I am back from Puerto Rico. I met up with my family about two weeks ago and have not had access to the internet since the last entry, when I ran into a Starbucks in San Juan to write to you. The time with the family fed my soul. My time in the lush island filled my lungs with fresh moist air and my spirit with peace.
The encounter with a more commercial world startled me a bit. My family and I set a few hours apart to buy the materials Rose and Nazareth had asked me to buy to take back to Haiti. While we were there my family took advantage and did some shopping of their own. The lack of congruency with the world lived in Haiti and the whole scene seemed unnatural to me. I must admit, I’m not and haven’t been a lover of the world of commerce or of malls; I tend to avoid them at all costs. Already having confessed that, I felt I needed air and to escape Plaza de Las Americas (the mall we were in). By the time we arrived to the car, my brothers, one with a new hat, the other with a new shirt advocating for mother Earth, were confused. They asked me why I seemed so out of place. I explained to them that in my mind, with the realties I have skimmed, there needs to be a union between the two worlds. We, and all beings, have the right to enjoy beauty in all forms, fashion included, beauty is divine and I see it as a way to find union with God. I also see that we have responsibility in our actions. Where was your hat made? Where was your shirt made? Most probably what were the conditions of those workers and the impact of the environment in making it? You are blessed with the ability and the power to purchase these articles of beauty and with that you have a responsibility. Are we buying simply to consume? Is the item fair trade?
I looked at them through the rear view mirror as we drove out of the parking lot and allowed the air to awaken our senses. Luis’ eyes were full of sadness. “Papito, guilt doesn’t give fruit, nor does shame. I expressed what I was feeling and feel a need to find peace and congruency while living in both realities. We can use this opportunity to decide to change for the times to come.” His eyes filled with hope and determination. Samuel, who wasn’t burdened by any sense of guilt simply said, “I’ll check the tag and ask if it’s fair trade next time.” The wind continued in our faces as we continued on our journey.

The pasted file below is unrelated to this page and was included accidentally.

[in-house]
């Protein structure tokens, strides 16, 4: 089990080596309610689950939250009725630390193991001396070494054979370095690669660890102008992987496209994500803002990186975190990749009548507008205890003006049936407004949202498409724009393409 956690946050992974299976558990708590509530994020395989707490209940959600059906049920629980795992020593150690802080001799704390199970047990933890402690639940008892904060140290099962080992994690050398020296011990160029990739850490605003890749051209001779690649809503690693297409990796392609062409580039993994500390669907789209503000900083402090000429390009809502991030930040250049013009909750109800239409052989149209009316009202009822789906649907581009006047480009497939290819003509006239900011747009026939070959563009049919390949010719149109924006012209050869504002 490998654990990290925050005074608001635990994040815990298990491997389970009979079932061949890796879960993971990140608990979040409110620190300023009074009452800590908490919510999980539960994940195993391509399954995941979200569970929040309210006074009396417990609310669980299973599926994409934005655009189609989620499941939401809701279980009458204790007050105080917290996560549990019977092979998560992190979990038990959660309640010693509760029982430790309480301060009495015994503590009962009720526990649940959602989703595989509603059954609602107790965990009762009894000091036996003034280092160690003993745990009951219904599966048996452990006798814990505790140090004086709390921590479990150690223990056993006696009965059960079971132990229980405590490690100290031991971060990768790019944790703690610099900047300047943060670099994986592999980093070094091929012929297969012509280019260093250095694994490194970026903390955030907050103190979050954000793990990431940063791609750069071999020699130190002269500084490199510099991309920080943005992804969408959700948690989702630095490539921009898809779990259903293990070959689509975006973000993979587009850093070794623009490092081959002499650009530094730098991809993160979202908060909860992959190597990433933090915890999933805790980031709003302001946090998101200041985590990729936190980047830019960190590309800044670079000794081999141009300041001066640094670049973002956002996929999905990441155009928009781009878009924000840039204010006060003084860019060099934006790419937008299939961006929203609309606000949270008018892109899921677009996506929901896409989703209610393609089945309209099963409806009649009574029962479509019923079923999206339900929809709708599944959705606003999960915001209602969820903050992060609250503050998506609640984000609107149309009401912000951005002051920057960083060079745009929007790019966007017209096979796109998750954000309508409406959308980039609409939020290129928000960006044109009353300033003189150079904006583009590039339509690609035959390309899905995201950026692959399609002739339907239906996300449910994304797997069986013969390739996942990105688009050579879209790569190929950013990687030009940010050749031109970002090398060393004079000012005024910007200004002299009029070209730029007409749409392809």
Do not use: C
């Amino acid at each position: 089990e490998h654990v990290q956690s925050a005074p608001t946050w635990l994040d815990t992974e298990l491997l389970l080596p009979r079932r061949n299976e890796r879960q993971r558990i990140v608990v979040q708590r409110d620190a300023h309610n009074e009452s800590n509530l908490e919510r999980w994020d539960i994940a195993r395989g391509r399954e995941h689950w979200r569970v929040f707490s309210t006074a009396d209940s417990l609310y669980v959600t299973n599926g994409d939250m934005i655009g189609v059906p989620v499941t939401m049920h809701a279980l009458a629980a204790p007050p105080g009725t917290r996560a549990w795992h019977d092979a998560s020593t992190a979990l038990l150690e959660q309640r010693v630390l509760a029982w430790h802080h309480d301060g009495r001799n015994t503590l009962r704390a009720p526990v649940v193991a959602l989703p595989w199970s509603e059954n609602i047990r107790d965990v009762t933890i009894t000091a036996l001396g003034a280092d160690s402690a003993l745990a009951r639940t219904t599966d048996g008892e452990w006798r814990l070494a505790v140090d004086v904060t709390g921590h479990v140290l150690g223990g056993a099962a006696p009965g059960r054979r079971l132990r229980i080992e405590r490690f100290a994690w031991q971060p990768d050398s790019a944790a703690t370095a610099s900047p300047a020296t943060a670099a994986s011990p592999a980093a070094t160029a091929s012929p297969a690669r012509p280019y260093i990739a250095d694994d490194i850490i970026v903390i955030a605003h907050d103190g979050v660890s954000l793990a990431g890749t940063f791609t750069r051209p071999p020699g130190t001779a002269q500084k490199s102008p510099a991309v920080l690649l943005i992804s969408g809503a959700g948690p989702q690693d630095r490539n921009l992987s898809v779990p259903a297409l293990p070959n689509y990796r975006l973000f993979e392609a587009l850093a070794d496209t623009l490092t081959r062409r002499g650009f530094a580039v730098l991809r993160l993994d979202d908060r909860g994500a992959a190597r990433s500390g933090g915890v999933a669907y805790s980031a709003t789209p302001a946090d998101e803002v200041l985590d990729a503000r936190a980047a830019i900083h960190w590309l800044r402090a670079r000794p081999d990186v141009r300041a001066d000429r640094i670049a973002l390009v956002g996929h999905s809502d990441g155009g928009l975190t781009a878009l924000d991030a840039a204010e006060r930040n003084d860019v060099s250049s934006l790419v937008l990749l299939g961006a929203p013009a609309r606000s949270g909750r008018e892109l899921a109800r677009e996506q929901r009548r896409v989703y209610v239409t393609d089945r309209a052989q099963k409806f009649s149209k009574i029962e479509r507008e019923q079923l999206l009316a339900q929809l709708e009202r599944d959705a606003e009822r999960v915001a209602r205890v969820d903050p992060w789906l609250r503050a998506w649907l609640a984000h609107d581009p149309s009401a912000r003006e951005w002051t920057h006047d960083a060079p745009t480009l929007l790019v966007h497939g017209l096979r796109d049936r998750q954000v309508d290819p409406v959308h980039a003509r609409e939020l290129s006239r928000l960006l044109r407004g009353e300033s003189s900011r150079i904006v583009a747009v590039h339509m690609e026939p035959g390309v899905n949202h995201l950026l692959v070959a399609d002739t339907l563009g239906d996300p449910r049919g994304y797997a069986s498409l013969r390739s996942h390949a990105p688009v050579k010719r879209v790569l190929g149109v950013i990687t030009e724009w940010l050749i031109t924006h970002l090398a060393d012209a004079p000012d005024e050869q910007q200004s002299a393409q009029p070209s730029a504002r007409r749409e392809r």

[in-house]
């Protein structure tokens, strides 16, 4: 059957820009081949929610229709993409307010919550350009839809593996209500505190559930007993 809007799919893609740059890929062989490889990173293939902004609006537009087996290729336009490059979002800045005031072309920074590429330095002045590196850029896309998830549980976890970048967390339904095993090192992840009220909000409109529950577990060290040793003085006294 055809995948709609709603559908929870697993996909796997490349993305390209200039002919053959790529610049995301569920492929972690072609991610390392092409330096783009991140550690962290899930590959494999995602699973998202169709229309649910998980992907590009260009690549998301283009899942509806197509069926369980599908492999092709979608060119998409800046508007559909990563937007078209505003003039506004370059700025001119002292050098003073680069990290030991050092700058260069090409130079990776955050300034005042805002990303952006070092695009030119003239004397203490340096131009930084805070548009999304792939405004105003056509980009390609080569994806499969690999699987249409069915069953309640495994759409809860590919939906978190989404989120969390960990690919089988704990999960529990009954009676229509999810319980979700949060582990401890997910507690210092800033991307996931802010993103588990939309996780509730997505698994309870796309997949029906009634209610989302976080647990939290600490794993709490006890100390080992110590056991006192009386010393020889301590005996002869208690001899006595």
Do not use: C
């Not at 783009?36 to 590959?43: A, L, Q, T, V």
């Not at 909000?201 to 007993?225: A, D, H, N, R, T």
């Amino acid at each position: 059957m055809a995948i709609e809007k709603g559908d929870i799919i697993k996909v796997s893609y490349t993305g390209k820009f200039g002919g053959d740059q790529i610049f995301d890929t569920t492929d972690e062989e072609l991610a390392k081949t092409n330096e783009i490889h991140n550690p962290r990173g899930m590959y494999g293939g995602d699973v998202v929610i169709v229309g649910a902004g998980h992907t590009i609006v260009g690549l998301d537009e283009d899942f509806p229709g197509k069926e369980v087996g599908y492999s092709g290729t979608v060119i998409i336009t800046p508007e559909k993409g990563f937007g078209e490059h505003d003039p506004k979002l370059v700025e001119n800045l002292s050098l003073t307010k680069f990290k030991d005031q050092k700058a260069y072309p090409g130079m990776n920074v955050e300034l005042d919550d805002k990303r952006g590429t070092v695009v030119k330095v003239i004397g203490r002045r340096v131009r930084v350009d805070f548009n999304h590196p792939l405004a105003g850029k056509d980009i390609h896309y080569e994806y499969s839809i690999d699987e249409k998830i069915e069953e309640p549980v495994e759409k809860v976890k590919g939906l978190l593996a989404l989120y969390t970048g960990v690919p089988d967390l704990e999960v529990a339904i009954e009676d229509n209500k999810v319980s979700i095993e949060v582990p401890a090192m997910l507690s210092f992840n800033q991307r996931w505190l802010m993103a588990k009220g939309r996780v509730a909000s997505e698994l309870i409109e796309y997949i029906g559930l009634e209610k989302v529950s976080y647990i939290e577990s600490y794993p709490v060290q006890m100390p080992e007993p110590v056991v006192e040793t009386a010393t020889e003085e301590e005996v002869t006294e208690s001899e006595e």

“Much will be required of the person entrusted with much, and still more will be demanded of the person entrusted with more” (Luke 12: 48).
I am back in Jean Rabel, and to my surprise have my head and heart where my feet are. Before leaving Puerto Rico I confessed to the family that I felt so much serenity with them in Puerto Rico that I wasn’t sure how I would feel upon arriving here again. Mami calmly stated, “Have faith, your head will be where your feet are.” She was right. Thank God I feel that I am, once again, exactly where I am supposed to be.
P.S.: I haven’t forgotten that I haven’t written about Theater of the Oppressed yet.